After Fetching a High Price, Time Magazine Moves Into a New Era – ODP’s Reed Phillips Quoted

SOURCE: The New York Times

After Fetching a High Price, Time Magazine Moves Into a New Era

When Time magazine started in 1923, it hit upon a popular formula: short, punchy items that aggregated the week’s events and came in an entertaining package. But the newsweekly could never compete with the digital version of its own blueprint: the internet’s bloggers, explainers, listicles and 30-second videos.

Time’s sales and profits, like those of most print publications, have been shrinking every year, a situation that made it difficult to sell the magazine, even with its storied past.

In March, Meredith, which agreed to buy Time Inc. in November, announced that it would put Time magazine up for sale, along with Sports Illustrated, Fortune and Money. After nearly six months, Time found its new owners when the software titan Marc Benioff and his wife, Lynne, agreed to pay $190 million in cash for the magazine. Mr. Benioff said he had “always loved it” in a text message interview with The New York Times.

The auction was more complex than Meredith executives had expected. The Des Moines-based publisher specializes in titles focused on home and lifestyle topics, and its advertising business is not designed for news and sports publications. Selling the four publications had always been the plan.

Alan Murray, the chief content officer of the former Time Inc. brands, who helped lead the process, and Meredith’s banking adviser, Citigroup, placed potential bidders into tiered groups. The groups were based on several factors, including the ability to pay and the level of seriousness. Meredith considered selling all the titles together but soon settled on individual transactions. Money will most likely be bundled with Fortune when it is sold.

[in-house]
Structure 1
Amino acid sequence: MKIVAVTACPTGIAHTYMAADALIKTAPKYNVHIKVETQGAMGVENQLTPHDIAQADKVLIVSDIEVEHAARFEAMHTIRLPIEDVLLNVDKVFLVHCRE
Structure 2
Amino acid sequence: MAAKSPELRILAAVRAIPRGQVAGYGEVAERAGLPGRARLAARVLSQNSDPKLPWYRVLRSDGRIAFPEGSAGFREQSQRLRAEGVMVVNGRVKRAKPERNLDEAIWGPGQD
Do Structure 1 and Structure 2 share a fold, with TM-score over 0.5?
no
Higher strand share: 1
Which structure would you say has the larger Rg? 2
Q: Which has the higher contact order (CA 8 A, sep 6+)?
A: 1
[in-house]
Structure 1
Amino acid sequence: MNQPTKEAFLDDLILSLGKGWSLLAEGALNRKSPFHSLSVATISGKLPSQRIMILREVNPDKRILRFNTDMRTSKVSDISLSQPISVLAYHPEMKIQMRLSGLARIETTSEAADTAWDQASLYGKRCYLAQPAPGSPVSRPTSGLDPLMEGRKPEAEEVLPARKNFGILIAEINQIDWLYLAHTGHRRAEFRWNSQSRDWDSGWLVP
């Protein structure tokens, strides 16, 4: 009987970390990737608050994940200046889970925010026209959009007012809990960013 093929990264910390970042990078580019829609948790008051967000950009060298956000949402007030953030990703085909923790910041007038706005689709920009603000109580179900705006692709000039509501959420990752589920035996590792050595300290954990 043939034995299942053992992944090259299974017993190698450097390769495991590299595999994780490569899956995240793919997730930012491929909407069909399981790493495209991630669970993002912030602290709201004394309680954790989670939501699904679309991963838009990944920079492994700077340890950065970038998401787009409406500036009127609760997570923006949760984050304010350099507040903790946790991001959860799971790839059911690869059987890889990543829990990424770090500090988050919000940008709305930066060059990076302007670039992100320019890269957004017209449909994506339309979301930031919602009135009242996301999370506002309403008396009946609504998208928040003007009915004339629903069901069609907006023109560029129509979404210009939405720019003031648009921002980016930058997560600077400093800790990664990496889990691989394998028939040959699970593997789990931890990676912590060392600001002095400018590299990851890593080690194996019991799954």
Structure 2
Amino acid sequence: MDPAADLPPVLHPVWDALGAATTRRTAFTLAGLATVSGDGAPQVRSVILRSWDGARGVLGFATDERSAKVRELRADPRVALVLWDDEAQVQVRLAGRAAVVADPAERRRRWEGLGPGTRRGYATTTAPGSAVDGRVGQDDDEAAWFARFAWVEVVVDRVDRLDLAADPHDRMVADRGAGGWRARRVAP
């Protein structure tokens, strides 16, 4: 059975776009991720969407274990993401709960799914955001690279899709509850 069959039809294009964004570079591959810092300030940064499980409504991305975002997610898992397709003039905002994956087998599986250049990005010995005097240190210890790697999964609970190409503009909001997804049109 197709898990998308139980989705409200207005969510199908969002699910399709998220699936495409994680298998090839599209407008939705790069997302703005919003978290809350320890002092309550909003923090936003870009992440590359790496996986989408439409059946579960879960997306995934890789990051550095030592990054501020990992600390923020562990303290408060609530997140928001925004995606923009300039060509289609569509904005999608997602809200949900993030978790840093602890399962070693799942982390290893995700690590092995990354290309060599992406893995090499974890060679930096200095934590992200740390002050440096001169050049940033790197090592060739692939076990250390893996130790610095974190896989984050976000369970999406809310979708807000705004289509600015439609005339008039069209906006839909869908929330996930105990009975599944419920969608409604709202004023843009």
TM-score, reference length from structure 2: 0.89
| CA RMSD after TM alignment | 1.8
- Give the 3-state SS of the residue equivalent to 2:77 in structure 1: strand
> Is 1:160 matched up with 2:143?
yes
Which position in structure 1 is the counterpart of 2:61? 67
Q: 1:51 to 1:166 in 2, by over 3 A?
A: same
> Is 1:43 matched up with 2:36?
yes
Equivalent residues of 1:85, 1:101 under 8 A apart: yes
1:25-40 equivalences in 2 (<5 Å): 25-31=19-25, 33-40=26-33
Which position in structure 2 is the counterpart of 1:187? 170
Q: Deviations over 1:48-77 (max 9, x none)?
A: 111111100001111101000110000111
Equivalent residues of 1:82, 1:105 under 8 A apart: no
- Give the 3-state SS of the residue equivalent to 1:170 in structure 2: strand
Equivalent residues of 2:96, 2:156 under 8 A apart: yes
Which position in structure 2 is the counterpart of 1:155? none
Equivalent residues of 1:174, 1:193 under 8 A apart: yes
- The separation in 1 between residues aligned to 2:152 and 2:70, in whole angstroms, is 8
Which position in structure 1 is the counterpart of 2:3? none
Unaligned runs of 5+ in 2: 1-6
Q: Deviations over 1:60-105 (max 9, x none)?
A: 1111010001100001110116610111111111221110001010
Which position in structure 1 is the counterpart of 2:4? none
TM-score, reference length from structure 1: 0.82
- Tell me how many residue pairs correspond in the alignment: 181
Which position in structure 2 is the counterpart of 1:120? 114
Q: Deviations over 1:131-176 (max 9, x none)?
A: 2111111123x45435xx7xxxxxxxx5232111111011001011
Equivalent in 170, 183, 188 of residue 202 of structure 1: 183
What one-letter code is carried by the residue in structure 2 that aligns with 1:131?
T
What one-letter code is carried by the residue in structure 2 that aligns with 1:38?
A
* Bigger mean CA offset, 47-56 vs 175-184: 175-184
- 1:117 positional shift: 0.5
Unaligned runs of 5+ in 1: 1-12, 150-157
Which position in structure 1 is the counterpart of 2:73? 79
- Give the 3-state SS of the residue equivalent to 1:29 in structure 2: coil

“It was a learning process for me, and these things just take a lot longer than you think they would,” Mr. Murray said.

Marc Benioff does things his own way: “I didn’t realize two weeks ago I was going to buy Time.”

Sports Illustrated, Fortune and Money should be sold by the end of the year, he said. “There are very healthy, advanced conversations going on,” he added, though he declined to comment on specific suitors. “I’m optimistic.”

Meredith fended off a $325 million offer for Time from David J. Pecker, the media executive who has become a key witness in a federal investigation into President Trump. During the presidential campaign, Mr. Pecker, who publishes The National Enquirer, suppressed the story of a former Playboy model who claimed to have had an affair with Mr. Trump, according to federal prosecutors.

Until a few weeks ago, Mr. Benioff was nearing an agreement to acquire Fortune and Money, according to four people familiar with the sales process who spoke on the condition of anonymity to discuss private talks. He switched his preference to Time when he decided its business was stronger, one of the people said.

Reed Phillips, a longtime investment banker specializing in media transactions, said the purchase price was surprisingly high.

“For a business in decline, that’s a big number,” he said. “It seems that when billionaires buy media assets, it’s almost like they’re making a nonprofit donation. They’re not doing this as a moneymaker. This is more of a cause.”

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